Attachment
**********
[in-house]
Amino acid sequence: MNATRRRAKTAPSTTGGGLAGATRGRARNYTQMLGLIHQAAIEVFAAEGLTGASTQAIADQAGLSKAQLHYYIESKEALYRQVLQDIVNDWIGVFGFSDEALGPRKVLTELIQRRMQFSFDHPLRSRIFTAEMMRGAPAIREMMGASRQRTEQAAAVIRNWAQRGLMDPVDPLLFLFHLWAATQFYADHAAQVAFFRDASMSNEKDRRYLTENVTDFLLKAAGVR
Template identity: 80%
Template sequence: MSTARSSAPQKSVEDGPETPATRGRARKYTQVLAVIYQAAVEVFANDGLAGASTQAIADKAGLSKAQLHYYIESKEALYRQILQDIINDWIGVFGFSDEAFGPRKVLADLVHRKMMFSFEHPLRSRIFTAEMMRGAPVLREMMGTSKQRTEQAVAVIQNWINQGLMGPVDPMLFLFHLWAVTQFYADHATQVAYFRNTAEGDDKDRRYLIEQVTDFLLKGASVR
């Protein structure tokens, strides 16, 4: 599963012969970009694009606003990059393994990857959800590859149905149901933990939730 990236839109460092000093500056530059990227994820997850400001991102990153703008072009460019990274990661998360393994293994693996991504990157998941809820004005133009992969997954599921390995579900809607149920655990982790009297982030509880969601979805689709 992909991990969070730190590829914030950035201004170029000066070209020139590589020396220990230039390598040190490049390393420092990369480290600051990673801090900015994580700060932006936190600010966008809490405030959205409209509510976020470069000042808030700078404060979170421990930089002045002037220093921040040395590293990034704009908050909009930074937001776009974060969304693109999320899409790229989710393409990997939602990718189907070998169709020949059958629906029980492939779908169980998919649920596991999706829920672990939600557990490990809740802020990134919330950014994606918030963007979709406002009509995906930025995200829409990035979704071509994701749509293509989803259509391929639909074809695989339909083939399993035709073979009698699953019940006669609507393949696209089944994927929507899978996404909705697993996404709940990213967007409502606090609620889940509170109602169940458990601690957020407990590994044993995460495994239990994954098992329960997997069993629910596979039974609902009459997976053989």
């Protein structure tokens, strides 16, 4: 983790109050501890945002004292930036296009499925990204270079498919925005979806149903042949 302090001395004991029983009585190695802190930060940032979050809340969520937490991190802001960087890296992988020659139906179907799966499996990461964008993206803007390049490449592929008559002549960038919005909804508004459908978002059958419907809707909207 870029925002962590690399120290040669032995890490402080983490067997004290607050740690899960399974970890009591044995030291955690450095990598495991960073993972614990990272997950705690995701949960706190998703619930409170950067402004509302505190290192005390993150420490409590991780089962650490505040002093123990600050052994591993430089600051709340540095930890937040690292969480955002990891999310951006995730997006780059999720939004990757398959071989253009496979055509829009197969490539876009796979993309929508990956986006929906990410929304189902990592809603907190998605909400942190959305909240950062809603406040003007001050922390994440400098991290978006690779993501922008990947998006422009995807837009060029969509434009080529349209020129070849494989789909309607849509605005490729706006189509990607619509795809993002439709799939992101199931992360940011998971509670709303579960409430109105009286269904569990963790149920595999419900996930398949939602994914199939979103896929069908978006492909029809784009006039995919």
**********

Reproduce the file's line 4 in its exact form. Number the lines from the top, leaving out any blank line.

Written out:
Template sequence: MSTARSSAPQKSVEDGPETPATRGRARKYTQVLAVIYQAAVEVFANDGLAGASTQAIADKAGLSKAQLHYYIESKEALYRQILQDIINDWIGVFGFSDEAFGPRKVLADLVHRKMMFSFEHPLRSRIFTAEMMRGAPVLREMMGTSKQRTEQAVAVIQNWINQGLMGPVDPMLFLFHLWAVTQFYADHATQVAYFRNTAEGDDKDRRYLIEQVTDFLLKGASVR